"However concrete physical reality is sectioned up, the result will be a state of affairs which owes its being to something other than itself."1This flagrantly begs the question against physicalism. Sure, if we assume physical reality is explained by something else, then we can safely conclude that something besides physical reality exists.
We could even agree that something besides physical reality exists and not grant that a supernatural person exists, because it is possible that the natural world itself extends beyond the sort of things studied by physics.
So we have a non-argument against physicalism, when an irrefutable knock-down argument against physicalism would still fail to show there is a God.
Positive Argument #2: Finite Series of Causes
From Willard again:
"[E]very physical state, no matter how inclusive, has a necessary condition in some specific type of state which immediately precedes it in time and is fully existent prior to the emergence of the state which it conditions."Zacharias lays out the implication, "You cannot have an infinite series of causes in time, because if you had to have the infinite series of causes it would never have arrived at this moment."
There are at least two difficulties with this argument. First, it confuses the nature of finite and infinite quantities. For any particular event in an infinite past, there would be a way to "get here from there." I believe the intuition here is that you can't construct an infinite series from a non-infinite series by adding one item, then another, and so on. So it sounds to me like a hidden assumption of a finite past is being brought in conflict with the question of an infinite past.
Second, the philosophy and science of causation in time is not — to my knowledge — a remotely settled matter, especially when it comes to the cosmological issues under question here.
Positive Argument #3: Design.
Zacharias briefly touches on the argument from design by citing cosmological fine-tuning: the apparent fact that certain values in physics have to be precisely right for a world like ours to be possible.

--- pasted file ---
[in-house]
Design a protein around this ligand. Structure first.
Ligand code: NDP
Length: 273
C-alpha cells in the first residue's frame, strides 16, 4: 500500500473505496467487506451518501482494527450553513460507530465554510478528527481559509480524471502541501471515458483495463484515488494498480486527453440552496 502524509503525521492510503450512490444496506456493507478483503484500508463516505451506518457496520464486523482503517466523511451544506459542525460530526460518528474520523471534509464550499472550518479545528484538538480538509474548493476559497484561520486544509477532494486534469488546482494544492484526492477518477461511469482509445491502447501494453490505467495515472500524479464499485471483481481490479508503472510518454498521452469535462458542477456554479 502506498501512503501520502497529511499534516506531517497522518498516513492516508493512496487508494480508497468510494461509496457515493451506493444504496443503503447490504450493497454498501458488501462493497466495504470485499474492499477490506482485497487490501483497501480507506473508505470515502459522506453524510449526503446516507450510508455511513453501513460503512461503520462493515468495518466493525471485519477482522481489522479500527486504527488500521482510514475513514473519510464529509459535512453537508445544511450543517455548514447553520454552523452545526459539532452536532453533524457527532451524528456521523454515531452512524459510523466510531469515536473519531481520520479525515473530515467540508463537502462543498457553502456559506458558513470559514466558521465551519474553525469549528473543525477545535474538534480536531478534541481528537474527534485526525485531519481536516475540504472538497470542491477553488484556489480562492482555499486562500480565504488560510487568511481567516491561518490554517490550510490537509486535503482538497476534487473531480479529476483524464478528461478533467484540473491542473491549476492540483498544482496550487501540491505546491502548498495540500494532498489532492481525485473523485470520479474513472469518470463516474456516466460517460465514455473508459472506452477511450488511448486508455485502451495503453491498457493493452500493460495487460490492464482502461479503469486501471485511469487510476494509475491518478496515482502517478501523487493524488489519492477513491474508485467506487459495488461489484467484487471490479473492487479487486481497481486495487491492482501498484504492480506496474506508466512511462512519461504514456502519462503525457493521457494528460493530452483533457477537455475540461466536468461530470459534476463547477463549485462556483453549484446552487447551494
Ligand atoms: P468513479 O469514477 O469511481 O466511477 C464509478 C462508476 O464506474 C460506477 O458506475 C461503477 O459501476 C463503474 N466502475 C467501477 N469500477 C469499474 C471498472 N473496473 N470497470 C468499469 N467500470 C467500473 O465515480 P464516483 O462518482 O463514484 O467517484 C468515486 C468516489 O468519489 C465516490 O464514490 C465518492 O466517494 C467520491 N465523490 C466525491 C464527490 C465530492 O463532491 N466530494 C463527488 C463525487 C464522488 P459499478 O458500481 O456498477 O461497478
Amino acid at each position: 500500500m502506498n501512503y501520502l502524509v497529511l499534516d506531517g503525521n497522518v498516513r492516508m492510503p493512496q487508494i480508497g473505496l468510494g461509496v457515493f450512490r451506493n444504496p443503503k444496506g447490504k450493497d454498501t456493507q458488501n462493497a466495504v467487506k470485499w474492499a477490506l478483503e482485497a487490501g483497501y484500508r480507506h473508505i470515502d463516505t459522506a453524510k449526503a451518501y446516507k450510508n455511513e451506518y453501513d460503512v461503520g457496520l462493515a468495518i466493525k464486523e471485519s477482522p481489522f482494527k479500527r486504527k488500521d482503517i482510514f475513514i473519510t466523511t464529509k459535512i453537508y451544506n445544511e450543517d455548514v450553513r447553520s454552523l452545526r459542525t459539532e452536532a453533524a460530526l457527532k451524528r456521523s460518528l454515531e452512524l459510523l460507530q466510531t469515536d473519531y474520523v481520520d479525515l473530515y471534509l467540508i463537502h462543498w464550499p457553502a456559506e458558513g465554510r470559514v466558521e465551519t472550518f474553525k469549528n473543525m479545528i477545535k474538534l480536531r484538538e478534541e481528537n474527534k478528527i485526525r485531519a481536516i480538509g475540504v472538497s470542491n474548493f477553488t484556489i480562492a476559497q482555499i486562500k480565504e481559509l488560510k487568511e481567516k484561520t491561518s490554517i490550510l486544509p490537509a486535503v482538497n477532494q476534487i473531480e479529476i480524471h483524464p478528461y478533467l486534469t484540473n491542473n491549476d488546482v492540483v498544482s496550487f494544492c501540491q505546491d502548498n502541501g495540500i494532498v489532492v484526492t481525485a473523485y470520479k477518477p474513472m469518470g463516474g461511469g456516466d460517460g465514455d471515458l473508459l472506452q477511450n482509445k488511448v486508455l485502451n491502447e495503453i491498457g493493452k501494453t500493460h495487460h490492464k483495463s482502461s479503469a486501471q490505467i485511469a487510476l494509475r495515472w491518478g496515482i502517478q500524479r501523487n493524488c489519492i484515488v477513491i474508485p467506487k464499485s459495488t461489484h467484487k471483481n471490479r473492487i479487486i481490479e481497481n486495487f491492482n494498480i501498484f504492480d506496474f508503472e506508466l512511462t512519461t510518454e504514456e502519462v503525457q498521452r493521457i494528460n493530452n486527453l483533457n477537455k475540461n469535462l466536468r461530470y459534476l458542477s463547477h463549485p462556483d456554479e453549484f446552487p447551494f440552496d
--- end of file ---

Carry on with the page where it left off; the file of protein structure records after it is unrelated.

The chief problem I have with fine-tuning arguments is that they rely on the assumption that not having a good natural explanation of these values today means there isn't a good natural explanation to be found tomorrow. Scientific discovery often turns up new questions without immediate answers. It may even be a religious disservice to insert God wherever humans are currently ignorant, then shoo God back into the darkness whenever we figure something out.
Positive Argument #4: Gospel.
Basically, the words and deeds of Jesus resonate with people in a way that demonstrates (to Christians) that he could have only been divine.
I've noticed that Muslims tend to feel the same way about the Qur'an. Mormons have spoken to me about the witness of the Holy Spirit in their heart when they read their relatively new scriptures. Having positive feelings about one's own religion is not a reliable indicator of truth.
So is there a God? I don't know. The evidence appears consistent with both atheism and deism. Choosing between these positions seems to be a matter of personal philosophy in the face of insufficient evidence either way.
On the other hand, I'm quite sure there isn't a God who is interested in everyone responding to him in some appropriate way. Such a God would have the motive, intelligence, and power to unmistakably communicate his desire to all human beings. Since this has not happened, such a God does not exist.
1. I found the quote here: http://www.dwillard.org/articles/artview.asp?artID=42